Okja is a fictional film by South korean film director and writer Bong joon ho, set in the mountains of South Korea a farm girl Mija and her genetically modified pig ‘Okja’ face the evil corporation that wants to destroy Okja. The film’s clear storyline follows the innocence of the unconditional love shared between a young girl and her pet. Whilst on a larger scale looks at the animal farming industry questioning the ethics behind it through in a unique and heart tugging light.
Although this film would not easily translate to some cultures, as eating animal products is apart of their everyday being, meaning some would reject this films importance.Although Okja is set in South Korea, there are familiarites such as western actors playing roles in the film to broaden audiences of the global north familiarity with the film. As well there is a mutual and consistent theme throughout the film that is easily adapted and can be found relatable by more than just one culture. These themes are coming of age through the character mija, animal rights activism and diversity. By just naming a few we are able to understand why the film has such wide impact and ressonates to many. Cultural Proximity also suggest that people are able to be more engaged through clear storytelling as displayed in joon ho’s film as a result expands the films overall appeal.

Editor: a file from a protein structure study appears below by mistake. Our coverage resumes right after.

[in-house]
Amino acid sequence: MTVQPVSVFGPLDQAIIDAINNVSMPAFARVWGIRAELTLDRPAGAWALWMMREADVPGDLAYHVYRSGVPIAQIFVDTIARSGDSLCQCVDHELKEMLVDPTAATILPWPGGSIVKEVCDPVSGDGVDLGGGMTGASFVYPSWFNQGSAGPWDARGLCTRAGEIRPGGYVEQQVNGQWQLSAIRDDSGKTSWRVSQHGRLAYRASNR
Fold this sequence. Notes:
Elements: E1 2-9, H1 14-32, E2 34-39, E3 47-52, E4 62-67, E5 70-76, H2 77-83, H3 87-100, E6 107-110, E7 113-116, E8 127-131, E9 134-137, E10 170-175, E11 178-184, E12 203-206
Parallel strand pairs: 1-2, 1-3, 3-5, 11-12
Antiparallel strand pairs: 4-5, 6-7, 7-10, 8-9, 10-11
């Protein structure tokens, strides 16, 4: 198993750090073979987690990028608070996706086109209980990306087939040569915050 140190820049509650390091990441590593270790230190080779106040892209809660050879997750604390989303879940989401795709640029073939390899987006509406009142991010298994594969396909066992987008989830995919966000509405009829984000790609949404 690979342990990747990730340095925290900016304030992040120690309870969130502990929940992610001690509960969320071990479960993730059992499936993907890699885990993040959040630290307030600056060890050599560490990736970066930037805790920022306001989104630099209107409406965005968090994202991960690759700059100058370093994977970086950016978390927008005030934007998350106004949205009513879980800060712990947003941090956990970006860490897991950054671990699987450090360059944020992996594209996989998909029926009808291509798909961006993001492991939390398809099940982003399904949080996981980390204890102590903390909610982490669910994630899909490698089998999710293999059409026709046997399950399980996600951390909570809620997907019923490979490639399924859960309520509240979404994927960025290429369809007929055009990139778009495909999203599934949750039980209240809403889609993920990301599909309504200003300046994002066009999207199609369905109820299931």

Animal rights and activism has made a fast uprise in the global north as many people have become aware of animal mistreatment through media outlets, making some rethink their eating habits. Although in many cultures eating animals is a way of life for some through convenience and also religion. Okja’s success in the global north can be due to these reasons.
Netflixs involvement in the release of the film allowed it to be easily accessible for people around the world to watch. Lotz (2017) “It’s now possible for a series to release new episodes for viewers around the world, and the result is a global watercooler – a shared media culture that transcends national boundaries.”
Bong joon ho’s carefully infuses elements of both western and asain culture throughout the film. Blending the two cultures relates to ideas of cultural hybridisation. As Straubhaar (2007) mentions “Audiences tend to reject cultural products like television programs that are too distant from their own cultural realities…. …conversely, audiences are attracted to cultural similarity or proximity”. With this thought, through the blending of two cultures allows audiences from each culture to adapt and engage in the film entirely, which could explain why Okja travelled so successfully around the world.